For more information about the different sub-specialties please visit here:

I am interested in pursuing a career in ophthalmology. Where should I start?

In medical school, talk to the medical student rotation director for ophthalmology. Arrange to do an ophthalmology elective during the end of your third year. This will allow you to explore the field and build relationships with attendings and staff who can write a letter of support for your application. Doing your first ophthalmology elective as a fourth year is too late because applications should be submitted to the Central Application Service before September of your fourth year of medical school.

Read the Pearls in Ophthalmology Newsletter:

Subscribe to the newsletter:

Should I do a rotation at a different program as a medical student?

This is a great idea if you're interested in doing a residency at a specific program. Completing a rotation at an outside institution will allow the faculty to know you better and increase your chances of being recognized during the selection process. However, this experience may also work against you if you're not liked.

Contribute to or search the database of ophthalmology rotations:

Is there a good book to teach me about examination techniques?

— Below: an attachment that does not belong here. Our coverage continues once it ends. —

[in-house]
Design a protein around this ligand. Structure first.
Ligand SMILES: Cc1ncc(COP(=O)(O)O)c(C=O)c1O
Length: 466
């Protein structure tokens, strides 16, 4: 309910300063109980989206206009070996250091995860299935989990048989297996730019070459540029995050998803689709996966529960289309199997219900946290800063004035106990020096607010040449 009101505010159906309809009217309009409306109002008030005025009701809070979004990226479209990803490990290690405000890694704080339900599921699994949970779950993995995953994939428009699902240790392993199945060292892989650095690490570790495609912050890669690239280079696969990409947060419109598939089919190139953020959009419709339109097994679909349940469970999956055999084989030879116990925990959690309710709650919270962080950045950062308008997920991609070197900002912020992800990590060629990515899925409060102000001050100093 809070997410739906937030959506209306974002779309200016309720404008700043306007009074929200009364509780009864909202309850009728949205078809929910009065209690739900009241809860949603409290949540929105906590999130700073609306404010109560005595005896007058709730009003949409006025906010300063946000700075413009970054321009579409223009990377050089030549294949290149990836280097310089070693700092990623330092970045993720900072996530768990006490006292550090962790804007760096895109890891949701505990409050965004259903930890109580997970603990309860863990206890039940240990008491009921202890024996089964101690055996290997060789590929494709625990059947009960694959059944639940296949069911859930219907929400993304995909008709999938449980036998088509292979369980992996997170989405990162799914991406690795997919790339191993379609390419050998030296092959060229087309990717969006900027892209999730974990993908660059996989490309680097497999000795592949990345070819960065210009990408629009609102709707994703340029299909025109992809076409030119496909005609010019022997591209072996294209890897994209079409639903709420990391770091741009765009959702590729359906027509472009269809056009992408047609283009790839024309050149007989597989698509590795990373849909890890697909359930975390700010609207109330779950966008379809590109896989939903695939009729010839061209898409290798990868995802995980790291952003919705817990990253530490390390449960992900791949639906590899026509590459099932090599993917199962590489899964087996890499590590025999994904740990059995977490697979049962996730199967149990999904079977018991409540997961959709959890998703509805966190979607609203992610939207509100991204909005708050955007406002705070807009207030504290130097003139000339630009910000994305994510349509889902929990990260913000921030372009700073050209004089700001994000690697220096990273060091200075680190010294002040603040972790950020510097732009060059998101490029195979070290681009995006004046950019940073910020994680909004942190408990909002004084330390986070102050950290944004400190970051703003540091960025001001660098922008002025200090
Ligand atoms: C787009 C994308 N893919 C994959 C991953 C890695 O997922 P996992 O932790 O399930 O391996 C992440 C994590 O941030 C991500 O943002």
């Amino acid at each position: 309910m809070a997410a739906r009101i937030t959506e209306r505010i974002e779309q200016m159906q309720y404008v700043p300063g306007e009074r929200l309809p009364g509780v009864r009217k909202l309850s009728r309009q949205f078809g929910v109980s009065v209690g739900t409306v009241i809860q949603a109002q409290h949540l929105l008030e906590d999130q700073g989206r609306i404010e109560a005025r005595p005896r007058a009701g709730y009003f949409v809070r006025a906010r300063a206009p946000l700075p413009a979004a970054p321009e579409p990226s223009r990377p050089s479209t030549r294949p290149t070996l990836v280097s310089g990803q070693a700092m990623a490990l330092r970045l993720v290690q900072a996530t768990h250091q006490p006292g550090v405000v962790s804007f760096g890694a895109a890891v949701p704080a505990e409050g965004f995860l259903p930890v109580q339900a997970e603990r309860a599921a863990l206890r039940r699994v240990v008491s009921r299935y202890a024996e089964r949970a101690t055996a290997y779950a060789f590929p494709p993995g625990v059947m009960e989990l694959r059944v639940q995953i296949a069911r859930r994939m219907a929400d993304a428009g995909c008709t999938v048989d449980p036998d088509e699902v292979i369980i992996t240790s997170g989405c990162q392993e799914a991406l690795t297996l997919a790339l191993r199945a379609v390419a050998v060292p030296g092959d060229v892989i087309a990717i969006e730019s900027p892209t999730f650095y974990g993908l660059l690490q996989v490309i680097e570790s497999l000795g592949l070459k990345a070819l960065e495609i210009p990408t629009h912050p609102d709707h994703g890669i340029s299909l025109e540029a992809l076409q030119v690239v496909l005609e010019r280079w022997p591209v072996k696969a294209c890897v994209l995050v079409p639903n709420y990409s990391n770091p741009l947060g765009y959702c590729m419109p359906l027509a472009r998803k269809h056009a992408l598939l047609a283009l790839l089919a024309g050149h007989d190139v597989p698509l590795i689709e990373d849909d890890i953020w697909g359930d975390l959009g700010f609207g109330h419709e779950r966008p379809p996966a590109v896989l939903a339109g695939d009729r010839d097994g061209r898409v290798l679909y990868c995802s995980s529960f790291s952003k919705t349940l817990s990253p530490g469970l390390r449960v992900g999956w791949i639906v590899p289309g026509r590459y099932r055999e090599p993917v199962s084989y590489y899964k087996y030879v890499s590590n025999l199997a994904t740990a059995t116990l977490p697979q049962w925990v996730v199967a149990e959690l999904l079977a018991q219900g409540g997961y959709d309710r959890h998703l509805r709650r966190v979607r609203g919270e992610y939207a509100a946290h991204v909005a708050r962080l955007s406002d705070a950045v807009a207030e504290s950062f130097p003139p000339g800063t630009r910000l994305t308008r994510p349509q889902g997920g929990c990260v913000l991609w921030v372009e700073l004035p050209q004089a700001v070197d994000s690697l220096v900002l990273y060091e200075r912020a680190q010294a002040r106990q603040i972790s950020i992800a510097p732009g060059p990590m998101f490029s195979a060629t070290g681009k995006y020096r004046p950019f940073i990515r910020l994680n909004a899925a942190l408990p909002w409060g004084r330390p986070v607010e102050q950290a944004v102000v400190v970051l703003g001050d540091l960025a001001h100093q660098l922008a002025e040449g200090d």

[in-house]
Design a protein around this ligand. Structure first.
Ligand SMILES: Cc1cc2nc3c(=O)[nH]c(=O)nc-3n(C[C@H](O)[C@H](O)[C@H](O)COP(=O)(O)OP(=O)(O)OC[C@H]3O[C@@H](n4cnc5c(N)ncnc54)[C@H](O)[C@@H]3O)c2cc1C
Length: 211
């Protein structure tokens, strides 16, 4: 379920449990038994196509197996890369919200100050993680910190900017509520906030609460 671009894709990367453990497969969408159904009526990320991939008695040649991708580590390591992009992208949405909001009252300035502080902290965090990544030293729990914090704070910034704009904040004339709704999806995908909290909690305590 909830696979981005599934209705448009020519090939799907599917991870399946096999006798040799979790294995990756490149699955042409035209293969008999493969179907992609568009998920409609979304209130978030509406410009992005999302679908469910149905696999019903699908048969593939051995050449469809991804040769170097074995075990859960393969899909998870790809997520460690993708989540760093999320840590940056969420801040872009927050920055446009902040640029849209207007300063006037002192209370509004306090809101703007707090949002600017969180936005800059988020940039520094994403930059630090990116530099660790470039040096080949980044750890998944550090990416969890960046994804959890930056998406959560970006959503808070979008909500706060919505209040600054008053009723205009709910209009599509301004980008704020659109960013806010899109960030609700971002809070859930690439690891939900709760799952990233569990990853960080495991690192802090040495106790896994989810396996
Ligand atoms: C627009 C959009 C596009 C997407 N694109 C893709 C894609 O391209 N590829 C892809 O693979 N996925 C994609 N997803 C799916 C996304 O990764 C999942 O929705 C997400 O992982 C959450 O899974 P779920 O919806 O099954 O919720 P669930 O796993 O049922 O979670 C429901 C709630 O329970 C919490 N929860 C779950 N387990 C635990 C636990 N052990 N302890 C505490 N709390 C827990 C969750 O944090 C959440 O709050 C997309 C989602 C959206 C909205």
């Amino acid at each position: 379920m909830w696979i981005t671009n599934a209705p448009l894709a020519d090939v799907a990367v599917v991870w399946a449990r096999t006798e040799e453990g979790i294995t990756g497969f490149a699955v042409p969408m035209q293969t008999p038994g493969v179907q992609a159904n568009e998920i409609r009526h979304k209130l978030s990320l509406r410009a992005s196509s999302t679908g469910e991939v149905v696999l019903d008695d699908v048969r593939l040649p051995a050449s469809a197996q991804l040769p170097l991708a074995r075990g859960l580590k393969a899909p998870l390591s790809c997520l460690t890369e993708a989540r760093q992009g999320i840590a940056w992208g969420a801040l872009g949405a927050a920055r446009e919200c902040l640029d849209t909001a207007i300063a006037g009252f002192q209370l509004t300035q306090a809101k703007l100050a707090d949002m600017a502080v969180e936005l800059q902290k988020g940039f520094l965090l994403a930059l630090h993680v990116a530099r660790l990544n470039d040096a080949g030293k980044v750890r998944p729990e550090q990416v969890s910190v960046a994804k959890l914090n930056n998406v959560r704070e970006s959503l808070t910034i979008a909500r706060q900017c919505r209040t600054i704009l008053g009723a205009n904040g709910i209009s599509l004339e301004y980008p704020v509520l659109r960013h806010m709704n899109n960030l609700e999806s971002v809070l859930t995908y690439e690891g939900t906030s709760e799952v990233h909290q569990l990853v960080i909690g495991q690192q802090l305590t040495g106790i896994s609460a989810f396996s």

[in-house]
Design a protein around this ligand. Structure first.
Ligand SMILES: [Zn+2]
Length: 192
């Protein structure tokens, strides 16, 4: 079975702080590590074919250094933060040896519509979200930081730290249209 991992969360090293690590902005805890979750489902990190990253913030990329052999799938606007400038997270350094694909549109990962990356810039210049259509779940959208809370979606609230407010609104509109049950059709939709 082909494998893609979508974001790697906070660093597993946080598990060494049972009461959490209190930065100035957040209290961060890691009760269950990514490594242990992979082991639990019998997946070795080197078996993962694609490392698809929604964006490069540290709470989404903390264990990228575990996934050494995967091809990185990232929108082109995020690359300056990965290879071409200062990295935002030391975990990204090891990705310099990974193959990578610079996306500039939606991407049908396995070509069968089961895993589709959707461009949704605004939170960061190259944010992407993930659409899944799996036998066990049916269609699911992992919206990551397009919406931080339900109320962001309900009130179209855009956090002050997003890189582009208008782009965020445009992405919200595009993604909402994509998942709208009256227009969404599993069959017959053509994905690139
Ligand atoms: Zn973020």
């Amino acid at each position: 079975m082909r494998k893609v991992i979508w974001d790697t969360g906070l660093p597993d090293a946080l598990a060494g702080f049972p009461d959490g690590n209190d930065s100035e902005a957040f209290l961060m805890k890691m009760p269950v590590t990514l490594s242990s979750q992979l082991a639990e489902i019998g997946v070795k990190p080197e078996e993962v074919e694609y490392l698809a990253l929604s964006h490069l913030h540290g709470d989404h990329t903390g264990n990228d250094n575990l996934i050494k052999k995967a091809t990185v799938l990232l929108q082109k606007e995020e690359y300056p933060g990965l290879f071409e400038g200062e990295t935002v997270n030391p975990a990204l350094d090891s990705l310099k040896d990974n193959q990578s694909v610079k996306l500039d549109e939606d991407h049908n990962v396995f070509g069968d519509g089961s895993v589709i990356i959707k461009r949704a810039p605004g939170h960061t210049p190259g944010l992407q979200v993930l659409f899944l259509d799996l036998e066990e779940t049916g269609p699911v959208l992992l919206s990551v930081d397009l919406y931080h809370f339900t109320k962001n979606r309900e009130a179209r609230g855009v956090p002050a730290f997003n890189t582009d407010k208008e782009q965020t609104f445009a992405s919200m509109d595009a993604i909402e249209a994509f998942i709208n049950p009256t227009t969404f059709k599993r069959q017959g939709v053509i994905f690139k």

I recommend these books published by the American Academy of Ophthalmology:

"Practical Ophthalmology, A Manual for Beginning Residents"

Edited by Fred M Wilson II, MD

"Basic Ophthalmology for Medical Students and Primary Care Residents"

by Cynthia A. Bradford

You can also browse for other ophthalmology texts here:

and on MedRounds.

A free video on how to do complete a Two Minute Eye Exam for Students and Primary Care Physicians can be found here:

Learn to to refract - Refraction Tutorial: The Fundamentals for the Beginner and Expert by Todd Zarwell, OD

What is the Central Application Service (CAS)?

This is a centralized application service for ophthalmology and a few other medical specialties. You submit all your letters and application materials to this service. The service will then send copies of your applications to the programs you are applying to. The Dean?s letter is sent after November when CAS receives it. The website is

Ophthalmology is an early match and results are known in January. This allows time for students to arrange for an internship program which is organized by the NRMP (

How competitive is ophthalmology?
All applicants must be graduates from a medical school with the M.D. or D.O. degree.

Applicants are very strong candidates with good grades in medical school, excellent board scores, demonstrated interest in ophthalmology, and outstanding letters of recommendation. Here are some statistics from the 2001 match:

CAS Participants: 798 (662 rank lists submitted)
Matched Participants: 435 (379 were new US Seniors, 83% of new US Seniors matched)
Matched Avg. USMLE I: 224
Unmatched Avg. USMLE I: 206
Avg. applications: 36
Avg. interviews: 7.5
Number of IMGs matched: 23

For the 2004 Match:
CAS Participants: 786 (639 rank lists submitted)
Matched Participants: 438 (369 were new US Seniors, 82% of new US Seniors matched)
Matched Avg. USMLE I: 228
Unmatched Avg. USMLE I: 218
Avg. applications: 41
Avg. interviews: 7.9 (Average offers 4)
Number of IMGs matched: 35
Percent Matched AOA - 20%